Are you caring for a loved one?
If so, you're not alone.
According to Carers Australia, there are approximately 2.7 million unpaid carers in Australia.
Carers perform a range of services, including helping patients with medications, driving them to medical appointments, preparing meals, managing financial and insurance matters and providing emotional and spiritual support.
Taking care of someone who has bowel cancer has unique challenges, including possible issues with bowel and urinary problems, sexual dysfunction, depression, dietary conditions, and permanent colostomy.
Jan Maling found the number of medical appointments she and her husband Neil had to attend, pushed them both to their physical and mental limits.
Jan’s husband Neil was diagnosed with Stage 3 bowel cancer at age 76.
Jan, who had already been through breast cancer, didn't have any knowledge about bowel cancer.
"I went to the internet; I found reliable sites like Bowel Cancer Australia, and just researched it everywhere."
Although Jan didn’t know anything about bowel cancer, her own experience with cancer taught her that she had to maintain her social network, keep fit and keep eating well.
"I needed to be grounded somehow," she said.
"I needed to have a break from thinking about the devastating news all the time."
Take care of yourself first
Carers often report lower mental well-being, so it is essential they attend to their own physical and emotional needs.
Bowel Care Nurse Fiona said carers should remember what passengers are taught regarding the oxygen mask on an airplane – take care of yourself first so you can properly take care of your loved one.
“Despite being the third most commonly diagnosed cancer, bowel cancer patients don't receive the same level of support as other common cancers,” Fiona said.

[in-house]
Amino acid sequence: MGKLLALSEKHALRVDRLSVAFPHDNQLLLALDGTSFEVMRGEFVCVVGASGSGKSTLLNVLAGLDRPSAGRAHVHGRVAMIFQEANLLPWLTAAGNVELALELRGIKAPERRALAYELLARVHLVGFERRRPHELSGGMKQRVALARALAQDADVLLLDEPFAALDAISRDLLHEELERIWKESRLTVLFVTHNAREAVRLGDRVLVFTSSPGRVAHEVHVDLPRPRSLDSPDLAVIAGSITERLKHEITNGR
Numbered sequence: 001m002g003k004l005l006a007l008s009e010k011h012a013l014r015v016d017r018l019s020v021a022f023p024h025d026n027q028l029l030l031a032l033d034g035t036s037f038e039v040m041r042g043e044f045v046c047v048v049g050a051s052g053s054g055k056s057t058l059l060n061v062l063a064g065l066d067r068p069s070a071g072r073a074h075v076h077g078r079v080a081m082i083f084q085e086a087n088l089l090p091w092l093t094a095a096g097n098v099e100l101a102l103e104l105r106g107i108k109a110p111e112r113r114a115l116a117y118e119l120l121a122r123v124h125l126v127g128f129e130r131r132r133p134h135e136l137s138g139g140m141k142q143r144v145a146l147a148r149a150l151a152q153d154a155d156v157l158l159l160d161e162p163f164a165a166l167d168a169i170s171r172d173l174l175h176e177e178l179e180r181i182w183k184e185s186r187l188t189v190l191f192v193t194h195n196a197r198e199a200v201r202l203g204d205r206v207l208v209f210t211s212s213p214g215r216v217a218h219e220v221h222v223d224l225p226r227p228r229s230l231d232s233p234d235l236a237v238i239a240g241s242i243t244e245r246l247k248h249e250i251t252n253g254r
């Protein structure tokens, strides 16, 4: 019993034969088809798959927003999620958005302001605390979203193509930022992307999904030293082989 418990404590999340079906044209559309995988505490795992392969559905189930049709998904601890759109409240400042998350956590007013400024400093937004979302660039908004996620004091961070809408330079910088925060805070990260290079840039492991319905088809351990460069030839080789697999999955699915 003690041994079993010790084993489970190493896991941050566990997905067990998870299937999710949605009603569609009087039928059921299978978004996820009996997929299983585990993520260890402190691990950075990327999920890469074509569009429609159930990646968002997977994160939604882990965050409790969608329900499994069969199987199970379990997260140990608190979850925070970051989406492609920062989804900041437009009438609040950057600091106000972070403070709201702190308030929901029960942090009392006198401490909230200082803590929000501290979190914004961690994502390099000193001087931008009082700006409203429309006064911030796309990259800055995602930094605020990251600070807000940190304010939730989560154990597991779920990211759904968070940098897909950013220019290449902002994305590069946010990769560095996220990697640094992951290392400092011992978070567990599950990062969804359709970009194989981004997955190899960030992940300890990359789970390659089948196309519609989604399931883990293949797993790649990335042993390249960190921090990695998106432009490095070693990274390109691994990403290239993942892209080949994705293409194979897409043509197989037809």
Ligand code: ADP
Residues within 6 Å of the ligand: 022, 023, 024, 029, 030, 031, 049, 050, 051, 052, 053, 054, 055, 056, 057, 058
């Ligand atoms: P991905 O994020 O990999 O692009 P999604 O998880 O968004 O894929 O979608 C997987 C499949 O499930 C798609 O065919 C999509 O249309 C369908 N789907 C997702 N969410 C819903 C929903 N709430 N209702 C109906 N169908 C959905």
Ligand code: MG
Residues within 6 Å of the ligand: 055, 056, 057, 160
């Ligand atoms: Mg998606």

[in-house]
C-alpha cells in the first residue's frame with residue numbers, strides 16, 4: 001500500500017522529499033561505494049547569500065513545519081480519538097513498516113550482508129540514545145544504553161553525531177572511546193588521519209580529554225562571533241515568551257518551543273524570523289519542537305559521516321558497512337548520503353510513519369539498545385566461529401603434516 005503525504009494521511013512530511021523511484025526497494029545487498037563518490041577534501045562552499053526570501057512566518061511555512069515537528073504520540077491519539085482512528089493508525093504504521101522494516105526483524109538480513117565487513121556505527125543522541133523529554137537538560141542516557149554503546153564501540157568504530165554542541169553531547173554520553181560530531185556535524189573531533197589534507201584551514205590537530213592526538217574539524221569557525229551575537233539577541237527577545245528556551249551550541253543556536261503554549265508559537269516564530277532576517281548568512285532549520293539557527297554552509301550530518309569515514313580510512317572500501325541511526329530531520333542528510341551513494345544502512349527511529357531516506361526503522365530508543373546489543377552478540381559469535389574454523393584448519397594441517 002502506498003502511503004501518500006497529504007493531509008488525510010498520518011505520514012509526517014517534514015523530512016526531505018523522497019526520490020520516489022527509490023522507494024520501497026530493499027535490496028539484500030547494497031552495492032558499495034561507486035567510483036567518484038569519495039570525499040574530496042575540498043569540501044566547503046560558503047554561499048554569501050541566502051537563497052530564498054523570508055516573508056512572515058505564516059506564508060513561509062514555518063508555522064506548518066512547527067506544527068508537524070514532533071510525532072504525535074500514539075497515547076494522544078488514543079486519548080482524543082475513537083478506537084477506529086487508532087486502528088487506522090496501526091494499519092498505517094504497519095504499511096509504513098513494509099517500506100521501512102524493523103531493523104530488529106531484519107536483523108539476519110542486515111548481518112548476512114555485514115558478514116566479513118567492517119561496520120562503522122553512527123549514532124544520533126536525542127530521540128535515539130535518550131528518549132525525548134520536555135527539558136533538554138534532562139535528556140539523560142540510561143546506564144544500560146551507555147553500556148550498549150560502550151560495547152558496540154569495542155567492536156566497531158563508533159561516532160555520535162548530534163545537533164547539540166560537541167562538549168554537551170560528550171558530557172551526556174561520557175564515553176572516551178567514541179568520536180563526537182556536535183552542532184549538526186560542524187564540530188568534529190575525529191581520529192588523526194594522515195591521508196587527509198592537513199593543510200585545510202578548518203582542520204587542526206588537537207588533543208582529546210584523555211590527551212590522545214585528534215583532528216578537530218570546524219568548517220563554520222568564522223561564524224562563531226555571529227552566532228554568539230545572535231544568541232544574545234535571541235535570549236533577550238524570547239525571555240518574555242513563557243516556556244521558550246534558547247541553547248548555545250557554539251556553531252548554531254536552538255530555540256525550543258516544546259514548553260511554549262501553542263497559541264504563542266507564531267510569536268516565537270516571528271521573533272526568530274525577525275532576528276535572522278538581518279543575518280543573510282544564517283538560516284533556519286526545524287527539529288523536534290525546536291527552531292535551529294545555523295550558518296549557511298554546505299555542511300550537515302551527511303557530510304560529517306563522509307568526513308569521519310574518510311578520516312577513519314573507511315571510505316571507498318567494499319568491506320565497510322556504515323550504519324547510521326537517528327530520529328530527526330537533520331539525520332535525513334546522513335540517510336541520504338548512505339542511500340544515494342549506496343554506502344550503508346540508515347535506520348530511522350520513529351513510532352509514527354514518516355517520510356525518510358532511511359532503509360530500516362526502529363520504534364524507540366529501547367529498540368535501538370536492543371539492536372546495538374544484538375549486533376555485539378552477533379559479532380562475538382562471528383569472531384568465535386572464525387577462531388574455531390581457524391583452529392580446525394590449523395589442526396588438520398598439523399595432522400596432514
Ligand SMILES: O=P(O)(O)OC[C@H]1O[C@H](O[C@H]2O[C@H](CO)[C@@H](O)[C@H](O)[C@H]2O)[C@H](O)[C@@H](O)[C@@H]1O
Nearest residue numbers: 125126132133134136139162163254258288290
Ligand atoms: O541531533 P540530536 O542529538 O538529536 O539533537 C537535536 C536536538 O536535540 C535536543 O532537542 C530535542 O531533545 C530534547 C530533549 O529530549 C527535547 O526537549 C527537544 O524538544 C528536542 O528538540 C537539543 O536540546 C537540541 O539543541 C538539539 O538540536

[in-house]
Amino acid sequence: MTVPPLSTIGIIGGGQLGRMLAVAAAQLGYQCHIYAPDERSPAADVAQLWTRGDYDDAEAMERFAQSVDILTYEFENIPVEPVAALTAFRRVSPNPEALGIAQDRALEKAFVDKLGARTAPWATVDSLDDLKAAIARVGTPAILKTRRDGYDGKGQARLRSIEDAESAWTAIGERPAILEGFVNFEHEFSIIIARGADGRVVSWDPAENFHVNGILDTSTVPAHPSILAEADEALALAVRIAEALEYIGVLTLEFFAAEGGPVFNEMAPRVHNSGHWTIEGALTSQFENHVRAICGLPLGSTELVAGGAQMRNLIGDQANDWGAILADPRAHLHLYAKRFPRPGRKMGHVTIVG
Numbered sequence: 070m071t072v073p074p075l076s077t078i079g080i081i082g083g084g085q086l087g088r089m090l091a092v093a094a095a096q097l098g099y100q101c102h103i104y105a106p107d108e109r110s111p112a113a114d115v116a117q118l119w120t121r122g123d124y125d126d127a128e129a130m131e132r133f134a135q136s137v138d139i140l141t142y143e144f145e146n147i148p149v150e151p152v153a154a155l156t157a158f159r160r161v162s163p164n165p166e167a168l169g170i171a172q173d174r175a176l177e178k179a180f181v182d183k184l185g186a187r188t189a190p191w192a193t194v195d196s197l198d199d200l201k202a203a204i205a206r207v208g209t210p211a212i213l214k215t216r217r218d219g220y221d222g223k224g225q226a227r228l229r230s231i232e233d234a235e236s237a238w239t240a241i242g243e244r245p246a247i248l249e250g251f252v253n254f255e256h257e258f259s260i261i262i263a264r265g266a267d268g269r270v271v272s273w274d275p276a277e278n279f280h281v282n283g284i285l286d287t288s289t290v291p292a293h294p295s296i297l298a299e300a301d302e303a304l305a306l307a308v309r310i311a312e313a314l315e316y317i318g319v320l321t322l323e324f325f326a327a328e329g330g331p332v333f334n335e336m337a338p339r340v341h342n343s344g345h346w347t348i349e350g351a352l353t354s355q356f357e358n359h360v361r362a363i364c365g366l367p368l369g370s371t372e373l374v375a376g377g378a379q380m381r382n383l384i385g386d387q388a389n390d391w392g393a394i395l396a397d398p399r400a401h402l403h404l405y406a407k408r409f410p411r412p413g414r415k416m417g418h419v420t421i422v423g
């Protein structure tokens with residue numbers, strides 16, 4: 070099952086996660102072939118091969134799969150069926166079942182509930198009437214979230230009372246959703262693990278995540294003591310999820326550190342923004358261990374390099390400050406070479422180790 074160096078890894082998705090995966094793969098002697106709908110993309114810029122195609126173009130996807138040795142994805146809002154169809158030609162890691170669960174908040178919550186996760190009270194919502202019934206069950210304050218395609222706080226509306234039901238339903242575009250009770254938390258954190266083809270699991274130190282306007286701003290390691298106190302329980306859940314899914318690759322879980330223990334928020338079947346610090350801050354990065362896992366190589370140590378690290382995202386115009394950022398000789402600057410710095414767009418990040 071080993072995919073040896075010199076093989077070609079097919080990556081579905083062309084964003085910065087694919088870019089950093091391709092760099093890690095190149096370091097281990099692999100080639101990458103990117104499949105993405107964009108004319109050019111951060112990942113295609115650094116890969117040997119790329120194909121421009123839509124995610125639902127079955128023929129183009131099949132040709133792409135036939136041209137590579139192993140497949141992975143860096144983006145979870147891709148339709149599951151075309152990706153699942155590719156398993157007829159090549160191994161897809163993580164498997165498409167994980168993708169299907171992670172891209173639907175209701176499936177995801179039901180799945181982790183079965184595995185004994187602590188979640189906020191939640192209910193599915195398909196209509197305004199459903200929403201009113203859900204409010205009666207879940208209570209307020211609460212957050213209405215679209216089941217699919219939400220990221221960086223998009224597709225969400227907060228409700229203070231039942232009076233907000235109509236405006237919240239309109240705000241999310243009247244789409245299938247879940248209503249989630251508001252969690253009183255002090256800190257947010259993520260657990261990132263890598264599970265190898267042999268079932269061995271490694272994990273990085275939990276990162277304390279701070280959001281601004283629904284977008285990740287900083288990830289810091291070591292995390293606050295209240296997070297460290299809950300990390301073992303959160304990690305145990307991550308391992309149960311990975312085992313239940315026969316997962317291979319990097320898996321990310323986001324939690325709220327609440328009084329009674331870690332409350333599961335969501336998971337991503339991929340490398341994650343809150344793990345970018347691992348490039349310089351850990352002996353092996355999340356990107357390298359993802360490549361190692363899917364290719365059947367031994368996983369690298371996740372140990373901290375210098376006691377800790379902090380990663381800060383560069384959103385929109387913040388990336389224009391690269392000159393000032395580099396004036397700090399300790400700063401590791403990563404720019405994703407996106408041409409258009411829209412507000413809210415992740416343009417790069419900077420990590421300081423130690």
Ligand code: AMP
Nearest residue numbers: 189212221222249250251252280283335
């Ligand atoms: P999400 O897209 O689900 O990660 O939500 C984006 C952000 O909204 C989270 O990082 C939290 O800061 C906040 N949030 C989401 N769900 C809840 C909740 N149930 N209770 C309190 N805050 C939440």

As a result, carers often find themselves trying to fill the gap.
Don't go it alone
Unfortunately, like patients, carers may find themselves feeling alone with no one to talk to.
"It can be especially difficult for spouses, as they try to stay positive for their partner, keep everything together and juggle responsibilities," Fiona said.
Jan found friends who would pick her up and take her to group activities when she was just too tired to drive.
"It's very important to have interests so that your life doesn't just revolve around all the medical appointments and taking in all the information you are receiving," Jan said.
"You have got to participate in the rest of what is going around the world otherwise you just crash."
Support groups aren't just for patients
“Carers are often unaware that our Peer-to-Peer Support Network and Buddy Program is also available to them," said Fiona.
“Our Peer-to-Peer Network offers loved ones and patients with reassurance and an invaluable level of support that can only be provided by someone else who has been there,” said Fiona.
Another free resource available to patients and carers is Bowel Cancer Australia’s team of Bowel Care Nurses and Nutritionist who can be reached Monday – Friday during business hours via the charity helpline.
“I love that I can be there to listen and offer reassurance; direct people to the fantastic range of educational and awareness material available on the charity’s website; and connect patients and loved ones with others,” Fiona said.
The upsides of caregiving
Although being a carer can be overwhelming at times, carers also report that the experience can be life-changing – for the better – from reprioritising relationships and sometimes growing closer to the patient, to learning to not sweat the small stuff.
Today marks the beginning of National Carers Week, a week dedicated recognising and celebrating the outstanding contribution Australia’s 2.7 million unpaid carers make to our nation.
If you are seeking support for yourself or someone you love, remember no one needs to go through bowel cancer alone.